Minz says the decision perpetuates the confusion caused by the big banks’ multi-branding strategy –which he describes as setting up or acquiring smaller brands that then give the impression of being independent.
“This strategy is creating a false impression among customers that there is a high level of competition in the marketplace, but in reality a number of these so-called competitors are actually part of the big banks themselves.”
However, the ACCC concluded that this would not give rise to a ‘substantial’ lessening of competition, arguing that Aussie brokers make up just 6% of Australia’s mortgage brokers and that ‘there are many other distribution channels through which lenders can access brokers and borrowers’.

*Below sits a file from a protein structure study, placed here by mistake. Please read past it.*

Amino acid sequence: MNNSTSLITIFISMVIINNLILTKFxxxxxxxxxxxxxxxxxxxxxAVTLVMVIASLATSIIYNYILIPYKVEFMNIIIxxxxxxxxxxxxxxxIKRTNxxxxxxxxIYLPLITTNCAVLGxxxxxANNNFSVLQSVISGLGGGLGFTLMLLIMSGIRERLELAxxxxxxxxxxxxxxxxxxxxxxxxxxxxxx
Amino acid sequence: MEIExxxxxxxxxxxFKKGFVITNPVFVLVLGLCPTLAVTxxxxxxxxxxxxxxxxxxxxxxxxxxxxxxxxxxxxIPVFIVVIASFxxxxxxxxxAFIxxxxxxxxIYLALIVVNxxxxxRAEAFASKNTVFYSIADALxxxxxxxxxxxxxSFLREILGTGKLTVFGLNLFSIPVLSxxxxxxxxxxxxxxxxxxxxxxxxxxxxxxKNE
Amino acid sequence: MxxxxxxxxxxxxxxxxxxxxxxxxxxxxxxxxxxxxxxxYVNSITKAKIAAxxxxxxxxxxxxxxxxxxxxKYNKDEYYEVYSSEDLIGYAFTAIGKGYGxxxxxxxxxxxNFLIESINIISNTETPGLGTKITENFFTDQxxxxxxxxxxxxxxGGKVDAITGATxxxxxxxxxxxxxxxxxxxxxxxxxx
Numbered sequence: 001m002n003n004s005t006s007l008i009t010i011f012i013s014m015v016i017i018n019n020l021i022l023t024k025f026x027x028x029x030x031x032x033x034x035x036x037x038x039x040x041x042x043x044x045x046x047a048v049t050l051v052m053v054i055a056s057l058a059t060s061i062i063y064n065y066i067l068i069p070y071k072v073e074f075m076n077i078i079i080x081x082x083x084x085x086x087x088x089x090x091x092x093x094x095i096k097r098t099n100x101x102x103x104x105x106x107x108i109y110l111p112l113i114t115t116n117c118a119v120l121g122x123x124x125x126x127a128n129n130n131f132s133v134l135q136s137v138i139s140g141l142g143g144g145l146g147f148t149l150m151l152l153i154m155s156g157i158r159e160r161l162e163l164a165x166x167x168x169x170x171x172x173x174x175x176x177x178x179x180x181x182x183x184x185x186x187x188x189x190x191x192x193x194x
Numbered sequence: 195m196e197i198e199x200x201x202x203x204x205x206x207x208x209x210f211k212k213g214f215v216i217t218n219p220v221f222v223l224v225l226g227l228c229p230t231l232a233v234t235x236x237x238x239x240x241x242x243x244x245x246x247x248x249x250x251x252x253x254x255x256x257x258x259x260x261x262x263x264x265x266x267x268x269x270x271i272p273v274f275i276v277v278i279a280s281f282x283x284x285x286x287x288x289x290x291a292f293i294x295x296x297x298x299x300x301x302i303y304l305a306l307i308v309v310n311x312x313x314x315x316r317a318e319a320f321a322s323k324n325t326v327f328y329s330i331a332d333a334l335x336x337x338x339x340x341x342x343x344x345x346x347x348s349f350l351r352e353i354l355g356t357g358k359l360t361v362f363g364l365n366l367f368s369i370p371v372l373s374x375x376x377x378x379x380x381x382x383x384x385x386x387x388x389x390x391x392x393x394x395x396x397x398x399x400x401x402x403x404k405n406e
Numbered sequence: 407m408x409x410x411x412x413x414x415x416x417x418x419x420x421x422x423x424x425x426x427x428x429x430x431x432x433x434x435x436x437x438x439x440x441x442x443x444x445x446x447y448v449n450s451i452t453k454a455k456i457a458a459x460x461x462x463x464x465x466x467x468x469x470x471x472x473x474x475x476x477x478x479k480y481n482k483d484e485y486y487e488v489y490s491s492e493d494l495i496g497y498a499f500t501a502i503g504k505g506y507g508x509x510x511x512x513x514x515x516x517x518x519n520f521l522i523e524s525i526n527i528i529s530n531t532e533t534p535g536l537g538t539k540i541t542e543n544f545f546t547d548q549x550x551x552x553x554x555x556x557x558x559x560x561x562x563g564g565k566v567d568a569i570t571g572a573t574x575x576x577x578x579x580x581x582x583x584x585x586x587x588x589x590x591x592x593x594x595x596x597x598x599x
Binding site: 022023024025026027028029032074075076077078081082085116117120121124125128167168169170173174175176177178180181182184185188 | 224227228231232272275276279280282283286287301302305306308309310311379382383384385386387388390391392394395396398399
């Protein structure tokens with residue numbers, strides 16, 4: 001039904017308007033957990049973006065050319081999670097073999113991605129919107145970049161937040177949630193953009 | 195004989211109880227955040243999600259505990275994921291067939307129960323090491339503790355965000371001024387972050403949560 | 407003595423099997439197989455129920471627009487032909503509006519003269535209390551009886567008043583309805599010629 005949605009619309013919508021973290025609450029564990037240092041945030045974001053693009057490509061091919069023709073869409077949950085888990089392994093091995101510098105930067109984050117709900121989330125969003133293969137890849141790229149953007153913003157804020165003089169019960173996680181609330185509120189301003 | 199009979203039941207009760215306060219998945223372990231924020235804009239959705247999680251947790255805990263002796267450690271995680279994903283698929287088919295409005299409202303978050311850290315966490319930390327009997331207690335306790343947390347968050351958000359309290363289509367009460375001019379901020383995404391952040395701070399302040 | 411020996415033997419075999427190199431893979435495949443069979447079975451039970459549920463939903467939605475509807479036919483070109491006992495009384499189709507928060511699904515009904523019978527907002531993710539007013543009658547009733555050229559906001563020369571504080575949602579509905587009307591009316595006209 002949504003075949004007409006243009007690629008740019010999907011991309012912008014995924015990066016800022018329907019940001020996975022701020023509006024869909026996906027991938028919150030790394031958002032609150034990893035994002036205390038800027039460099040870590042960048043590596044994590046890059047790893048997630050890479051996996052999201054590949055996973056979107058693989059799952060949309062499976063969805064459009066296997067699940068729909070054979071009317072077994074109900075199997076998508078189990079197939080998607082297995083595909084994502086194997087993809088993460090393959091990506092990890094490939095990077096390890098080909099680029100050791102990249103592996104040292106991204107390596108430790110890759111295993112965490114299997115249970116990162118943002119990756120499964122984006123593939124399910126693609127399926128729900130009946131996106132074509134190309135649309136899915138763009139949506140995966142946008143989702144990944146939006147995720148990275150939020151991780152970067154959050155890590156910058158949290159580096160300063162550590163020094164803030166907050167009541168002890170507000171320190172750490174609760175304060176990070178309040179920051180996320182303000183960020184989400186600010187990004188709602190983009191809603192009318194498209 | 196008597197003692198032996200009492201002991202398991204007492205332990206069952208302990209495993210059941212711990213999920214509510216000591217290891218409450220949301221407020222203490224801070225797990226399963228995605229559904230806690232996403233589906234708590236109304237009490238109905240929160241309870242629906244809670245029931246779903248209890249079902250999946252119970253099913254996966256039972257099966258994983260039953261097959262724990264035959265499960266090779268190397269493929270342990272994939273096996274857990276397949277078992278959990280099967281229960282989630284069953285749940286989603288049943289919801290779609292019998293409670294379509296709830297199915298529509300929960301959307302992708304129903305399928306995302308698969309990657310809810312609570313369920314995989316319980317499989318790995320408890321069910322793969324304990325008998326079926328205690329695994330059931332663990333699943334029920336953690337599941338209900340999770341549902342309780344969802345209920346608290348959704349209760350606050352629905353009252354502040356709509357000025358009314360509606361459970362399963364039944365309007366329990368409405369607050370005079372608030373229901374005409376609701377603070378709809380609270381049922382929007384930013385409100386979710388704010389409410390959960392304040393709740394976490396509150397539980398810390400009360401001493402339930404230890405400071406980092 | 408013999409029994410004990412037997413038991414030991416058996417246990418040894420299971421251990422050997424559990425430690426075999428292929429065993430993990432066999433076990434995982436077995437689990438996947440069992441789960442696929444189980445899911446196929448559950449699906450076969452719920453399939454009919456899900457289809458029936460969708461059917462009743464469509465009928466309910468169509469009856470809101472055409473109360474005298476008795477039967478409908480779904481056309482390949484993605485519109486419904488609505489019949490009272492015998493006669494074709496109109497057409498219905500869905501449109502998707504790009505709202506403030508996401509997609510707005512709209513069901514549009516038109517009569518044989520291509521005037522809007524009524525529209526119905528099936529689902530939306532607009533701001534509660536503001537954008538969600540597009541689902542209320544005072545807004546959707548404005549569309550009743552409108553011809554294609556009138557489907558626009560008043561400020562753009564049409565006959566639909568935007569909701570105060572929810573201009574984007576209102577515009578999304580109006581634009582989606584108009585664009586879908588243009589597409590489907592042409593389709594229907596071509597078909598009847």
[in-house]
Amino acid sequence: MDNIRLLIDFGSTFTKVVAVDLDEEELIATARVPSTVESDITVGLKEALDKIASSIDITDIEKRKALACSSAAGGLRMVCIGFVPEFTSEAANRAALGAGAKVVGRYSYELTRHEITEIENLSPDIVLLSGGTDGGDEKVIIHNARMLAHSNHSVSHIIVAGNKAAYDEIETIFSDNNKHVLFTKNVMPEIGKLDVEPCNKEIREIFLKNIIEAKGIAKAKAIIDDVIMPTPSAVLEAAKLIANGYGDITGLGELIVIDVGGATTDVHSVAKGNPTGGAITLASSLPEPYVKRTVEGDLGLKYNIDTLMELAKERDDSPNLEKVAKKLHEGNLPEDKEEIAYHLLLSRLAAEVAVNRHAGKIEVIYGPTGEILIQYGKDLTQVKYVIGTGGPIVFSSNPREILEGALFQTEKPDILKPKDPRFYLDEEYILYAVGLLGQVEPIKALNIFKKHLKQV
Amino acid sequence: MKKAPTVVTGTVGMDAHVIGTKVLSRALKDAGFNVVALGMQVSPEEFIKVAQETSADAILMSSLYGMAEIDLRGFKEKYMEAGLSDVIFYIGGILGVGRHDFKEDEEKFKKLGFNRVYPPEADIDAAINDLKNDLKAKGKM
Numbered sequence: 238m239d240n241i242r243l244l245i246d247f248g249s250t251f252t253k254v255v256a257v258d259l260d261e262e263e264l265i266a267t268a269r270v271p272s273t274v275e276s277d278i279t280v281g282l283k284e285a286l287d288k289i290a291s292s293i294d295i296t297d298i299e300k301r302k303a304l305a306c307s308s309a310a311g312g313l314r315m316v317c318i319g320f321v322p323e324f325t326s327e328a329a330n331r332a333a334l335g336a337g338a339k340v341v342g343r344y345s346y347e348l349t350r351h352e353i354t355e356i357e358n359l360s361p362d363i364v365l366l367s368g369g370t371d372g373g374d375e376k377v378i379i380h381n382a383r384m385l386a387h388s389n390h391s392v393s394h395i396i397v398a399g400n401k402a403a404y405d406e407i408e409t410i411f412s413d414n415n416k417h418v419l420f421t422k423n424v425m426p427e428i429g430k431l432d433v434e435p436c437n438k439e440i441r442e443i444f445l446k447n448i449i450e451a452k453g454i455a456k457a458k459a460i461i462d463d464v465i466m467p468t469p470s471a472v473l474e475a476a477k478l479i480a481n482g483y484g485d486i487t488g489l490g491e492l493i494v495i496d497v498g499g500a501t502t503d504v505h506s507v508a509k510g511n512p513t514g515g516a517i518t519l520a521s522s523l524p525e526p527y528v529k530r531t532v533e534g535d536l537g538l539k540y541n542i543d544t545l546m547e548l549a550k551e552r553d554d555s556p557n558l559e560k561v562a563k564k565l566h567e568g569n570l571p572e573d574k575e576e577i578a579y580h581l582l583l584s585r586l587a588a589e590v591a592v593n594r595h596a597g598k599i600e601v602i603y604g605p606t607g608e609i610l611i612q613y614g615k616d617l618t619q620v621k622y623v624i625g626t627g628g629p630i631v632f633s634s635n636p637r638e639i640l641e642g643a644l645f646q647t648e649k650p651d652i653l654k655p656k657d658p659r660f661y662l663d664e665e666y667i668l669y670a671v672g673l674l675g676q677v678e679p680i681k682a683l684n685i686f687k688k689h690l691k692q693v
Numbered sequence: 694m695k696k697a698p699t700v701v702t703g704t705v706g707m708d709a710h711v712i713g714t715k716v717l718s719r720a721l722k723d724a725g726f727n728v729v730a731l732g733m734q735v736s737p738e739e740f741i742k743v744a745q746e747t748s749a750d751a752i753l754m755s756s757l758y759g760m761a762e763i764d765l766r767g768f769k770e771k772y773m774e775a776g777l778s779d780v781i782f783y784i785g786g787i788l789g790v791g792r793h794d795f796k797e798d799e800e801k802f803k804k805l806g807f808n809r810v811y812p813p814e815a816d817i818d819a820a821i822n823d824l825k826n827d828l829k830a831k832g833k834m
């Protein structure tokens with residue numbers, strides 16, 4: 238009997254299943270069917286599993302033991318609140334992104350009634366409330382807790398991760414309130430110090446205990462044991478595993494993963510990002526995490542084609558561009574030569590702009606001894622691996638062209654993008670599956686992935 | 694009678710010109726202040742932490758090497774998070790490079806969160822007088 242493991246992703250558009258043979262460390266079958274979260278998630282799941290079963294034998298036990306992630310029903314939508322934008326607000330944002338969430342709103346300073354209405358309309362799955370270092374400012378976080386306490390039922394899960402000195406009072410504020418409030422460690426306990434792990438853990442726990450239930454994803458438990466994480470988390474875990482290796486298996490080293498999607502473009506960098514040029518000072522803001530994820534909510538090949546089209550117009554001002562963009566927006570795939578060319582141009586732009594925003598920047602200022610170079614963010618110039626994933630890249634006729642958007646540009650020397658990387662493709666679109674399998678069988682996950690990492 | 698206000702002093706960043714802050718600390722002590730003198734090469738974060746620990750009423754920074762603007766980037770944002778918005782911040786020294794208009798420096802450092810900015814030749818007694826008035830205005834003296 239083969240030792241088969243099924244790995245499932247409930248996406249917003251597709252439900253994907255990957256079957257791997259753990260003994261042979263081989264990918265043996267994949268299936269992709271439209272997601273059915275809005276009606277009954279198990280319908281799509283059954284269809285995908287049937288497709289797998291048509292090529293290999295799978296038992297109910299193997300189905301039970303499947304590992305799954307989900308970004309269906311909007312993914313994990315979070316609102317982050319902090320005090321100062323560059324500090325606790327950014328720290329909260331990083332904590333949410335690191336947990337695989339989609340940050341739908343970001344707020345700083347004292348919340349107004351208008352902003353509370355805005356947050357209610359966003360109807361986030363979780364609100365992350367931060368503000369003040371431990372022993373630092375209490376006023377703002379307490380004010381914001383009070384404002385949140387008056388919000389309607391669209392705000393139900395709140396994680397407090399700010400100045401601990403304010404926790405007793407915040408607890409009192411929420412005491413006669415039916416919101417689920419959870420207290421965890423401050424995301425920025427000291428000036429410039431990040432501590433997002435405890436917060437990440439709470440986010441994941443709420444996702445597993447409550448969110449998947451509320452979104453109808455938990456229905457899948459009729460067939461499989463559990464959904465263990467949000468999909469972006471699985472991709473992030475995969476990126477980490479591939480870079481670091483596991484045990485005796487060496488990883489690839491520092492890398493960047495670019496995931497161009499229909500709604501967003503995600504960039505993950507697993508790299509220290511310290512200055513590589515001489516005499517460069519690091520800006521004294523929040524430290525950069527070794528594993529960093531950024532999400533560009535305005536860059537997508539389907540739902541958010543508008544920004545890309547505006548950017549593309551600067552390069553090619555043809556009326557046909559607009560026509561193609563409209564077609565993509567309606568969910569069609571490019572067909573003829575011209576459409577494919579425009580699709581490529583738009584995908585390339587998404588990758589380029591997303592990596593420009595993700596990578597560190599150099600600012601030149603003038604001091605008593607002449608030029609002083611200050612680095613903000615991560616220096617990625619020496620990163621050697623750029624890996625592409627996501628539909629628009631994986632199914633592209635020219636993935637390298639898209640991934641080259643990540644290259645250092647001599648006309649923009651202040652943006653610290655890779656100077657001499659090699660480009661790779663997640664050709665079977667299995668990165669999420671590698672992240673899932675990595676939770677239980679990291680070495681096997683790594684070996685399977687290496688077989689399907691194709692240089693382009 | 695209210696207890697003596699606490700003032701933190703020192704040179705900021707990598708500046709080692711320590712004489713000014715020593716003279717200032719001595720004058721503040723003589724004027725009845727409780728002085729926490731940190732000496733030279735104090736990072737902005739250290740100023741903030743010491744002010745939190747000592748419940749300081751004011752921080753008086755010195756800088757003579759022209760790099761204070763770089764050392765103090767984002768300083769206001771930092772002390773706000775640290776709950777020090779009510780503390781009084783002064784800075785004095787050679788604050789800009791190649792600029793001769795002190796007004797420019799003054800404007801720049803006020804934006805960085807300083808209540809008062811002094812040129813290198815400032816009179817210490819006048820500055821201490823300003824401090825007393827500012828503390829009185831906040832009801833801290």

In reaching its decision, the ACCC says it consulted with a range of interested parties, including bank and non-bank lenders, mortgage aggregators, broker head groups and industry bodies.
Aussie declined to comment on the decision, saying simply that it’s ‘business as usual’ at the aggregator. A representative of CBA says the major bank is ‘pleased’ with the outcome, but refused to comment on any potential conflict of interests, saying the bank ‘[doesn’t] want to get in a debate over this’.